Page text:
REVIEW / CONCERT
VIENNA BOYS' CHOIR
Kids' Philharmonic/ Manolo Cagnin (conductor)
Esplanade Orchestra Hall/Thursday
Animals featured prominently at this concert. The sounds of cats, dogs, cuckoos, even a monkey, all found their way into an extraordinary musical menagerie by the 15th-century Italian composer, Adriano Banchieri.
His intention was to imitate the sounds of animals performing a piece of strict musical counterpoint, and the Vienna Boys' Choir happily obliged. Their barking dogs and screeching monkeys were uncannily realistic.
Cats were on the prowl in another song. However, hard as they tried, the sweet Viennese boys in cute sailor uniforms could not evoke the spitting vitriol and hissing bitchiness of a pair of operatic divas - which is what Rossini's Cats' Duet is all about.
Beyond this musical fun, the concert's first half was notable for the struggle by the boys to match the exuberantly demonstrative presence of their conductor, Manolo Cagnin. Unwisely, he accompanied them on the piano - such was the force of his hands, the determination of his right foot to keep the pedal down and the Ferrari-like velocity of his fingerwork, that the best the boys could do was to keep going and finish intact. They made some lovely sounds, especially in Mascagni's Easter Hymn and the inevitable Blue Danube, but musically, this was disappointing.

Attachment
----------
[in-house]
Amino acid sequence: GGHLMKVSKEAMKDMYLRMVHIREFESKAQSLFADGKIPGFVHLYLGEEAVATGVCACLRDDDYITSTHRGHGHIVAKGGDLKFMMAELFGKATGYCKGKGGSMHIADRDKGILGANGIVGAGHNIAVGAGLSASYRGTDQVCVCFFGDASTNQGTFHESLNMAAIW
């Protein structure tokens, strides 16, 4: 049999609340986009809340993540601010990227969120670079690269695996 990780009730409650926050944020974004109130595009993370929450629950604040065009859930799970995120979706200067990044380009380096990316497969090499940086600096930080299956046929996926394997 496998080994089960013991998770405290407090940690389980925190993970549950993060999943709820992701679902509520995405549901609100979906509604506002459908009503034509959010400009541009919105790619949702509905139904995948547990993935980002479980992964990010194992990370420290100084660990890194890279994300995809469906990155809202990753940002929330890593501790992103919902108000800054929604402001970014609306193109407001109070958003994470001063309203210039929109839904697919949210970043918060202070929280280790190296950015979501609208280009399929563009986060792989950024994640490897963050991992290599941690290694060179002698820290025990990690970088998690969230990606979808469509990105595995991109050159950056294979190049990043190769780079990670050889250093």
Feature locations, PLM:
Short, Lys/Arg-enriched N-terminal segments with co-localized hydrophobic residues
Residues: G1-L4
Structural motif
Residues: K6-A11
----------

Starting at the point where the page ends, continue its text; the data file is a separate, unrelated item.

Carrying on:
For the second half, someone had mercifully put the piano out of Cagnin's reach and the stage was filled by the large (and surprisingly mature) Kids' Philharmonic.
They got off to a shaky start in Suppe's Light Cavalry Overture, but soon got into their stride.
When the choir came back on stage, things began to get impressive. Potential balance problems between choir and orchestra were averted by an amplification system which had the voices coming not from the back of the stage, where the choir was, but booming down from above the orchestra.
In music by Mozart and Haydn, the Singapore instrumentalists seemed almost more instinctively Viennese than the Viennese boys.
But the undoubted highlight of the entire evening was an enchanting performance of Schubert's Ave Maria sung with angelic purity and remarkable self-assurance by a single unamplified boy's voice supported by delectably discreet orchestral playing.
The subtlety of the Schubert was soon forgotten as, for the remainder of the concert, Cagnin's showmanship kicked in with a vengeance. With extravagant gestures and Mussolini-like strutting on the podium, he pushed the musicians to their limits. It was never subtle or even particularly respectable musically, but it did get the audience worked up.
In the end, a manic account of the Tritsch Tratsch Polka had the packed hall on its feet clamouring for more. Cagnin duly obliged. Twice.